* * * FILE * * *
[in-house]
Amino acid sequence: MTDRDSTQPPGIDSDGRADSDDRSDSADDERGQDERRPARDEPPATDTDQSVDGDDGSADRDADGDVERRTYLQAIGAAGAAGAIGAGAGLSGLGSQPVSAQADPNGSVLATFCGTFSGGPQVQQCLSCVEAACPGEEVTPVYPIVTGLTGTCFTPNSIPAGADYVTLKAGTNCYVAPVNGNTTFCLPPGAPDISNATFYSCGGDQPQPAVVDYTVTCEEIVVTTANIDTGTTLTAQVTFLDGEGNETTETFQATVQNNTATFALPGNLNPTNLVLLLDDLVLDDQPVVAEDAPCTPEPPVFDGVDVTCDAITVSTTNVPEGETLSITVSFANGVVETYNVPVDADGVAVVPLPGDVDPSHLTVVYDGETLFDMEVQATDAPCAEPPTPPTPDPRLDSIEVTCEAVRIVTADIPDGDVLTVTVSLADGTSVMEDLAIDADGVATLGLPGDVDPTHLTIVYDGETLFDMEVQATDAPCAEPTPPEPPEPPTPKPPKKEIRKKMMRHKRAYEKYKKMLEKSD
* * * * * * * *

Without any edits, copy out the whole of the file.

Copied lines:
[in-house]
Amino acid sequence: MTDRDSTQPPGIDSDGRADSDDRSDSADDERGQDERRPARDEPPATDTDQSVDGDDGSADRDADGDVERRTYLQAIGAAGAAGAIGAGAGLSGLGSQPVSAQADPNGSVLATFCGTFSGGPQVQQCLSCVEAACPGEEVTPVYPIVTGLTGTCFTPNSIPAGADYVTLKAGTNCYVAPVNGNTTFCLPPGAPDISNATFYSCGGDQPQPAVVDYTVTCEEIVVTTANIDTGTTLTAQVTFLDGEGNETTETFQATVQNNTATFALPGNLNPTNLVLLLDDLVLDDQPVVAEDAPCTPEPPVFDGVDVTCDAITVSTTNVPEGETLSITVSFANGVVETYNVPVDADGVAVVPLPGDVDPSHLTVVYDGETLFDMEVQATDAPCAEPPTPPTPDPRLDSIEVTCEAVRIVTADIPDGDVLTVTVSLADGTSVMEDLAIDADGVATLGLPGDVDPTHLTIVYDGETLFDMEVQATDAPCAEPTPPEPPEPPTPKPPKKEIRKKMMRHKRAYEKYKKMLEKSD